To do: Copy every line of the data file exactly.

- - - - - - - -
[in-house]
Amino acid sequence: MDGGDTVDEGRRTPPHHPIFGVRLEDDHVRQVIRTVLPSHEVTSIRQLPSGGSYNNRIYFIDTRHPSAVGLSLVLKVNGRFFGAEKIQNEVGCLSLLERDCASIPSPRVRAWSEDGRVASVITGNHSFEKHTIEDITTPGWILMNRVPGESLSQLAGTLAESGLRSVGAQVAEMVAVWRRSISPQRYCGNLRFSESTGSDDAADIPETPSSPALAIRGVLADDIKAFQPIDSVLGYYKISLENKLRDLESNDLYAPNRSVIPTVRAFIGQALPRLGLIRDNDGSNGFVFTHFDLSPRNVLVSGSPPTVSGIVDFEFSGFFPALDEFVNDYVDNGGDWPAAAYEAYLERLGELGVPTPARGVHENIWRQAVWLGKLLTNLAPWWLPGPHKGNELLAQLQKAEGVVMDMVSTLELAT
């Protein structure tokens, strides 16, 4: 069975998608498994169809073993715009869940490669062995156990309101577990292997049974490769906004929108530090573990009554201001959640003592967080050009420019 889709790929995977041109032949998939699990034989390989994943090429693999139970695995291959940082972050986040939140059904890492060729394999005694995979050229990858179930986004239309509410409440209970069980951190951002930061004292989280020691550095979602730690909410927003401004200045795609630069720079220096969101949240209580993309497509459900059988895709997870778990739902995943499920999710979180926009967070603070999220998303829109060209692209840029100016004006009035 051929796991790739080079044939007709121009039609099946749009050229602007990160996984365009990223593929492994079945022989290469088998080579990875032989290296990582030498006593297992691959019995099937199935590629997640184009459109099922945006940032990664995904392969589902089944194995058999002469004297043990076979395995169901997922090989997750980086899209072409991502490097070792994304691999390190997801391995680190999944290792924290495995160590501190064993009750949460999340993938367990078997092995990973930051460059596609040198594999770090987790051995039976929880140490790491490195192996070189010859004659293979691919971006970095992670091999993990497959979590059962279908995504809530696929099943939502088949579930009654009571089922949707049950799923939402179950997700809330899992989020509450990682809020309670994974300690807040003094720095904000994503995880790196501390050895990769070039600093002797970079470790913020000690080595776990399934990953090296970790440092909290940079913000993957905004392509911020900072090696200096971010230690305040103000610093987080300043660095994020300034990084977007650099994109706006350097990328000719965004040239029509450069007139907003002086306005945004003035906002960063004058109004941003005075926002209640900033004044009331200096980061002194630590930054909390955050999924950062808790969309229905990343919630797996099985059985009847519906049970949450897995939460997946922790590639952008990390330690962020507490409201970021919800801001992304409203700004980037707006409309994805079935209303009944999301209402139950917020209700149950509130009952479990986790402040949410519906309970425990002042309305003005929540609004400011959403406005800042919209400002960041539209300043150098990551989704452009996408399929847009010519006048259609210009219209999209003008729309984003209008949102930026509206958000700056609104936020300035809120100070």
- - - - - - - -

[in-house]
Amino acid sequence: MDGGDTVDEGRRTPPHHPIFGVRLEDDHVRQVIRTVLPSHEVTSIRQLPSGGSYNNRIYFIDTRHPSAVGLSLVLKVNGRFFGAEKIQNEVGCLSLLERDCASIPSPRVRAWSEDGRVASVITGNHSFEKHTIEDITTPGWILMNRVPGESLSQLAGTLAESGLRSVGAQVAEMVAVWRRSISPQRYCGNLRFSESTGSDDAADIPETPSSPALAIRGVLADDIKAFQPIDSVLGYYKISLENKLRDLESNDLYAPNRSVIPTVRAFIGQALPRLGLIRDNDGSNGFVFTHFDLSPRNVLVSGSPPTVSGIVDFEFSGFFPALDEFVNDYVDNGGDWPAAAYEAYLERLGELGVPTPARGVHENIWRQAVWLGKLLTNLAPWWLPGPHKGNELLAQLQKAEGVVMDMVSTLELAT
């Protein structure tokens, strides 16, 4: 069975998608498994169809073993715009869940490669062995156990309101577990292997049974490769906004929108530090573990009554201001959640003592967080050009420019 889709790929995977041109032949998939699990034989390989994943090429693999139970695995291959940082972050986040939140059904890492060729394999005694995979050229990858179930986004239309509410409440209970069980951190951002930061004292989280020691550095979602730690909410927003401004200045795609630069720079220096969101949240209580993309497509459900059988895709997870778990739902995943499920999710979180926009967070603070999220998303829109060209692209840029100016004006009035 051929796991790739080079044939007709121009039609099946749009050229602007990160996984365009990223593929492994079945022989290469088998080579990875032989290296990582030498006593297992691959019995099937199935590629997640184009459109099922945006940032990664995904392969589902089944194995058999002469004297043990076979395995169901997922090989997750980086899209072409991502490097070792994304691999390190997801391995680190999944290792924290495995160590501190064993009750949460999340993938367990078997092995990973930051460059596609040198594999770090987790051995039976929880140490790491490195192996070189010859004659293979691919971006970095992670091999993990497959979590059962279908995504809530696929099943939502088949579930009654009571089922949707049950799923939402179950997700809330899992989020509450990682809020309670994974300690807040003094720095904000994503995880790196501390050895990769070039600093002797970079470790913020000690080595776990399934990953090296970790440092909290940079913000993957905004392509911020900072090696200096971010230690305040103000610093987080300043660095994020300034990084977007650099994109706006350097990328000719965004040239029509450069007139907003002086306005945004003035906002960063004058109004941003005075926002209640900033004044009331200096980061002194630590930054909390955050999924950062808790969309229905990343919630797996099985059985009847519906049970949450897995939460997946922790590639952008990390330690962020507490409201970021919800801001992304409203700004980037707006409309994805079935209303009944999301209402139950917020209700149950509130009952479990986790402040949410519906309970425990002042309305003005929540609004400011959403406005800042919209400002960041539209300043150098990551989704452009996408399929847009010519006048259609210009219209999209003008729309984003209008949102930026509206958000700056609104936020300035809120100070």